Ferrari seeking Sainz damage compensation with "private discussion" confirmed

Ferrari will hold “private discussions” with F1’s Las Vegas Grand Prix in a bid to seek compensation for the damage sustained to Carlos Sainz’s car. 
The Ferrari SF-23 of Carlos Sainz Jr (ESP) Ferrari is recovered back to the pits with the help of the team. Formula 1
The Ferrari SF-23 of Carlos Sainz Jr (ESP) Ferrari is recovered back to…

Sainz’s Ferrari was badly damaged when he struck a loose manhole cover, an incident which caused Thursday’s opening practice session to be cancelled after just eight minutes. 

Ferrari were forced to change the chassis, power unit and battery on Sainz’s SF-23, triggering an automatic 10-place grid drop for the Spaniard. 

Team principal Fred Vasseur confirmed after the Las Vegas Grand Prix that Ferrari are seeking a settlement with the event’s stakeholders. 

"This will be a private discussion that I will have with the stakeholders of this event,” Vasseur said. 

"There is no provision into the budget or cost cap, for excluding the crashes. For sure you have a lot of extra costs. The loom was damaged, the gearbox was damaged, the battery was damaged, the engine is dead.

"We have a lot of consequences on the financial side, on the sporting side, and even on the stock of spare parts, and on the budget side for sure it's not an easy one.”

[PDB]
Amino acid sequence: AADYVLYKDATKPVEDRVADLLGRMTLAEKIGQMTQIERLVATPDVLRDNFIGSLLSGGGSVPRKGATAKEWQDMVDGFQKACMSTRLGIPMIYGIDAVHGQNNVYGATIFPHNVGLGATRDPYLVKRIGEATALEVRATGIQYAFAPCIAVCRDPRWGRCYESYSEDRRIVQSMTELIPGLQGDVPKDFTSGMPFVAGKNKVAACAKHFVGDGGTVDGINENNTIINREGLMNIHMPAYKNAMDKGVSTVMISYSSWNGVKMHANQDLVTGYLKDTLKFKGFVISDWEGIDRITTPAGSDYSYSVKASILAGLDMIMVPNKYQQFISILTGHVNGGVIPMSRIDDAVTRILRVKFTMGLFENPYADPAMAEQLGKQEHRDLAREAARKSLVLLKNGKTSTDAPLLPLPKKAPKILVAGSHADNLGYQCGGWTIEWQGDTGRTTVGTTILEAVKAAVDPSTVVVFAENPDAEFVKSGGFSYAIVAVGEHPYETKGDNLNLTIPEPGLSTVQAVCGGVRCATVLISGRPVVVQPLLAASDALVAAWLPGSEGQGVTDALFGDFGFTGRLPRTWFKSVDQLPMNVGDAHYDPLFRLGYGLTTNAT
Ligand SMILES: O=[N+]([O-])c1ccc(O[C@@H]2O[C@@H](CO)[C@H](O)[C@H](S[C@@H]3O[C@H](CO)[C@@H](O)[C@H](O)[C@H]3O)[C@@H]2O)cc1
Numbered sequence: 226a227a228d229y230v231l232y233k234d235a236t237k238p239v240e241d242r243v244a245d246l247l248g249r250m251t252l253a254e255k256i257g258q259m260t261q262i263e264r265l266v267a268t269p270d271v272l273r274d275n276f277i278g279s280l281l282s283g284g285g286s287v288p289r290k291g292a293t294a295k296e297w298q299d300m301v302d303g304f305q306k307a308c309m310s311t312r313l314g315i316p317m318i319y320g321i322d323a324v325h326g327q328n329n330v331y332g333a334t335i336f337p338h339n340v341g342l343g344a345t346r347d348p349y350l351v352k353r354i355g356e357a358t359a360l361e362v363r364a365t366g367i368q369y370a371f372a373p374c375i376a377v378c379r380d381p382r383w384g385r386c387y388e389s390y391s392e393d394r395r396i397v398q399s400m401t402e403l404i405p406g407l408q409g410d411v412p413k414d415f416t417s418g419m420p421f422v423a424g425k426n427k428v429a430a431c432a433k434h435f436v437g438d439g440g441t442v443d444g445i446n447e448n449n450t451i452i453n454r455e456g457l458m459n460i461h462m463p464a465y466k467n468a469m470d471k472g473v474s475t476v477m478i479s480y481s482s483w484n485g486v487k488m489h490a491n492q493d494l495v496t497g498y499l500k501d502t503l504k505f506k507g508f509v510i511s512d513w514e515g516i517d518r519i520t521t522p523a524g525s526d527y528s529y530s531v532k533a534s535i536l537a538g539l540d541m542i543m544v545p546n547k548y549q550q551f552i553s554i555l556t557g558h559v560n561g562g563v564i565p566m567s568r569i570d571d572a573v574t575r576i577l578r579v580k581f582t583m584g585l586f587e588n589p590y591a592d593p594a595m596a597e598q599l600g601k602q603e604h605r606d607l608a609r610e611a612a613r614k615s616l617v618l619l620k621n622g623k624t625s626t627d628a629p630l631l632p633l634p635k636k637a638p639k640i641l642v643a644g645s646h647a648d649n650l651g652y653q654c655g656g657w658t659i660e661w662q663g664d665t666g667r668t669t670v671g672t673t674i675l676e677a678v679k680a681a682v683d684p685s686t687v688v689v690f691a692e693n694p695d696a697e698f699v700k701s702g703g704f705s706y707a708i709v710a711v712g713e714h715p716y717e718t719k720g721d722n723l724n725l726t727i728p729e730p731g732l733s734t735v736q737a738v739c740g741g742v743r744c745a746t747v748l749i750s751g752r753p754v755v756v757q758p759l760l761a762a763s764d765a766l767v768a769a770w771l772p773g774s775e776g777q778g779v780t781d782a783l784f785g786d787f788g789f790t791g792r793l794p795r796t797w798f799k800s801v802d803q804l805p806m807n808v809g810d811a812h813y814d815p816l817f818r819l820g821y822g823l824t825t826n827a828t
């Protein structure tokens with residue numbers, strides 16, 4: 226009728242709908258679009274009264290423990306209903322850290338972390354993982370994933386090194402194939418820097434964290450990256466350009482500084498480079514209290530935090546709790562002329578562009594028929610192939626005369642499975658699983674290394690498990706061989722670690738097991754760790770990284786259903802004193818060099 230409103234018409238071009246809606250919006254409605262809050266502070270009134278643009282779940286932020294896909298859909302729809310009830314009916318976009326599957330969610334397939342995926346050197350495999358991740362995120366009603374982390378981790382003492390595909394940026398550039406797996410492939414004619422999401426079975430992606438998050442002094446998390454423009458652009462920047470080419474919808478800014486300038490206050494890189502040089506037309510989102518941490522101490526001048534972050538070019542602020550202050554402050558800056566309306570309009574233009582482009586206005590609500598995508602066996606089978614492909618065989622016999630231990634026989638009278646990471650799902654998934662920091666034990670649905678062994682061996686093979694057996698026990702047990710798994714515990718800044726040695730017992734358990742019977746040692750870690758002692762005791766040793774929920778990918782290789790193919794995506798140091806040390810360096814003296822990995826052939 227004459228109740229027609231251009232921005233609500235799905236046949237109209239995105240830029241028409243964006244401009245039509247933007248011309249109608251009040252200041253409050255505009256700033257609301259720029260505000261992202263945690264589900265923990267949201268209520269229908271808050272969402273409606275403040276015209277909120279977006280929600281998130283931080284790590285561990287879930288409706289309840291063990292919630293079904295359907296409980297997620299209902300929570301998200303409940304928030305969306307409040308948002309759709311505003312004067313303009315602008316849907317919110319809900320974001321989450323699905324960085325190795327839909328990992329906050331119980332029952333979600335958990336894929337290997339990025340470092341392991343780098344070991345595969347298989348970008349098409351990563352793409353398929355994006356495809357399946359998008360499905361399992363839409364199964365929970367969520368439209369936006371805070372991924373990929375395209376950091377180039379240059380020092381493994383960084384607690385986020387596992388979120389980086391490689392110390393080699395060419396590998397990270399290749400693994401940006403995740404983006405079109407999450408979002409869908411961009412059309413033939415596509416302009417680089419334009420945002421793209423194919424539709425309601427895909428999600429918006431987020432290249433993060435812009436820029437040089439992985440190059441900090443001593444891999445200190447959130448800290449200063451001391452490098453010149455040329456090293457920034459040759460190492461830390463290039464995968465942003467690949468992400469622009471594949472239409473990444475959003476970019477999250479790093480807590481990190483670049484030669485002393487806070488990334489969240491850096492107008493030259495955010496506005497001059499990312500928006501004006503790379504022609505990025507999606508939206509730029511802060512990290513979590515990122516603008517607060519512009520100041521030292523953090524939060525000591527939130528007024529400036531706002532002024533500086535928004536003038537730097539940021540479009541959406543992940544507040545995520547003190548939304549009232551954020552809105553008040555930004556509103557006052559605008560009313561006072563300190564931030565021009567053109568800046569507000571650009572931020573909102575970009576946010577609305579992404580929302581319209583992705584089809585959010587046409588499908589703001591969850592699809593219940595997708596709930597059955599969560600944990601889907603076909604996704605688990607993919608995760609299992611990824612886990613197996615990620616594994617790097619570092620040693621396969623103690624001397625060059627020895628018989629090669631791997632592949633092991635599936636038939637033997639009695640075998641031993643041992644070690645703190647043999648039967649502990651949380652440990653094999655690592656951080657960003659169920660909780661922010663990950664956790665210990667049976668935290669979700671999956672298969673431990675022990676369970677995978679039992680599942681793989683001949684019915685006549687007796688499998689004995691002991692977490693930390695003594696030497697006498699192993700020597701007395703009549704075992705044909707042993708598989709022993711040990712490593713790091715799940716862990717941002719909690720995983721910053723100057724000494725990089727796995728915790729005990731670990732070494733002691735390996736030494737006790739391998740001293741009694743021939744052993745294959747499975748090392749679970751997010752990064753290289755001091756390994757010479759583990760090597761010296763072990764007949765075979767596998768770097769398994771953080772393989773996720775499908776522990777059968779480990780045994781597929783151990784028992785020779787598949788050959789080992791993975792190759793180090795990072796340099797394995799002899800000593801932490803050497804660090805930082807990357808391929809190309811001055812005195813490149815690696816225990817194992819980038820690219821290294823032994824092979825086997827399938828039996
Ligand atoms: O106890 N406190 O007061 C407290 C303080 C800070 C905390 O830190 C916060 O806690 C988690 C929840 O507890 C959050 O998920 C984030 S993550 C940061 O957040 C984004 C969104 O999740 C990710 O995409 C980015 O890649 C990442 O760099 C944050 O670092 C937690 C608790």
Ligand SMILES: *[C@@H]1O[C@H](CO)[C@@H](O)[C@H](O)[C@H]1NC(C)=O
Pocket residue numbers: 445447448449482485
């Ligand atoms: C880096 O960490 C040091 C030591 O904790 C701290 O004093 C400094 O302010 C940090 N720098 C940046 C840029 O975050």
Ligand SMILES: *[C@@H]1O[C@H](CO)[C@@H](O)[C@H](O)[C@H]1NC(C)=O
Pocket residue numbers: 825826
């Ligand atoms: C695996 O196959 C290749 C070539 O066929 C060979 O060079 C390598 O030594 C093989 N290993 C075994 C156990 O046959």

Frederic Vasseur (FRA) Ferrari Team Principal. Formula 1 World Championship, Rd 22, Las Vegas Grand Prix, Las Vegas,
Frederic Vasseur (FRA) Ferrari Team Principal. Formula 1 World…

Sainz was left angered and in “disbelief” after Ferrari’s request to change the damaged components on his car without incurring a penalty was denied by the FIA. 

“I think it was not a very fair decision due to the circumstance. I think that it was very harsh for Carlos, very harsh for the team,” Vasseur added. 

“It’s not an easy one because that but it’s not an easy one to give a set of tyres or to give an engine because it’s a gain of performance. But battery, there is no performance in the battery.

“Considering that we miss FP1, that we had a couple of millions of damage, that we had the mechanics worked like hell to come back. And so I think it was not too stupid to consider the case of force majeure.”

Asked how easy it will be to adjust the budget cap, Vasseur replied: “You can see the pros and the cons of this is that we won’t be able to rebuild everything at all because the next one [race] is next week. No way to build up a new monocoque for example.

“But it’s true also that if we have to adjust the budget cap, our whole cost, at least between now and the end of the season, we don’t have so much room to play with, or we miss Abu Dhabi.”

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